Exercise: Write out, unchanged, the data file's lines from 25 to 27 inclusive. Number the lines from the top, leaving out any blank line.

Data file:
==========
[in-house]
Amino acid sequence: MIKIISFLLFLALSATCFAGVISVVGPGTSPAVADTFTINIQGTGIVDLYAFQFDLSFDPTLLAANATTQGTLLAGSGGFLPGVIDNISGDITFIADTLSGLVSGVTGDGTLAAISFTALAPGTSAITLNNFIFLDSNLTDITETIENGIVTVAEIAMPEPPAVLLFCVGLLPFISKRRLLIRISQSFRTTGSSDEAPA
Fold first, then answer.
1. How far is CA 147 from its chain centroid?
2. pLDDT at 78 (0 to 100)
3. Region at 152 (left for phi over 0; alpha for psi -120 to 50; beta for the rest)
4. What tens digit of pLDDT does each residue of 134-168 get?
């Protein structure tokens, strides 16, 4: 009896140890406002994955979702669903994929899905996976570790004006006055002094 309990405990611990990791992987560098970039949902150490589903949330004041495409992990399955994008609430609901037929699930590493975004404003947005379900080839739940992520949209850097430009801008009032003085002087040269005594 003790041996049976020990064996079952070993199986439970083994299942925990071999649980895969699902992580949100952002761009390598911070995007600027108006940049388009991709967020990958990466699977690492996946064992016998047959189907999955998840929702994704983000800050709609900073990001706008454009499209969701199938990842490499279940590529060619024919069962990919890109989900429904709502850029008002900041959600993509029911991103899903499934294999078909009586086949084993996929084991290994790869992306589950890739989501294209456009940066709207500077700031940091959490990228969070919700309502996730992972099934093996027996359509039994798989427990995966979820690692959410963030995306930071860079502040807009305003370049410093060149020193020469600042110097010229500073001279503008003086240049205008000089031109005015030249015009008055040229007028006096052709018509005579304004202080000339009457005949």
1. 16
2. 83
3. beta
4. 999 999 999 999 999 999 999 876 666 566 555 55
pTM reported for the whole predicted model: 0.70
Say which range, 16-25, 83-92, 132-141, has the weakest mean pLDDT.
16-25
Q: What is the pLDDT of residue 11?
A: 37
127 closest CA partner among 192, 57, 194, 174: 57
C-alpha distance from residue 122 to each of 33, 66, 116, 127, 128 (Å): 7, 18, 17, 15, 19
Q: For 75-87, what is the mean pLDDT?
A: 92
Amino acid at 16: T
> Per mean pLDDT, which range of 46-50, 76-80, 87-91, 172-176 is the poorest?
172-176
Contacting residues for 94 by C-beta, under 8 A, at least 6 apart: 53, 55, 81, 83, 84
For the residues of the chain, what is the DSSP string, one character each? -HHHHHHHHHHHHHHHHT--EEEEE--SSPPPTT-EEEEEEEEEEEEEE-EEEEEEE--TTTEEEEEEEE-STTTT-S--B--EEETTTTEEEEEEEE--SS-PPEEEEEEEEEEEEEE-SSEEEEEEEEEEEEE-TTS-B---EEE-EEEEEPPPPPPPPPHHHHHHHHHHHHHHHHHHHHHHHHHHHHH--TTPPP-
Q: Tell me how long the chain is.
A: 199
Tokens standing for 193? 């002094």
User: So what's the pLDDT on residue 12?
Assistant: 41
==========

Contacting residues for 94 by C-beta, under 8 A, at least 6 apart: 53, 55, 81, 83, 84
For the residues of the chain, what is the DSSP string, one character each? -HHHHHHHHHHHHHHHHT--EEEEE--SSPPPTT-EEEEEEEEEEEEEE-EEEEEEE--TTTEEEEEEEE-STTTT-S--B--EEETTTTEEEEEEEE--SS-PPEEEEEEEEEEEEEE-SSEEEEEEEEEEEEE-TTS-B---EEE-EEEEEPPPPPPPPPHHHHHHHHHHHHHHHHHHHHHHHHHHHHH--TTPPP-
Q: Tell me how long the chain is.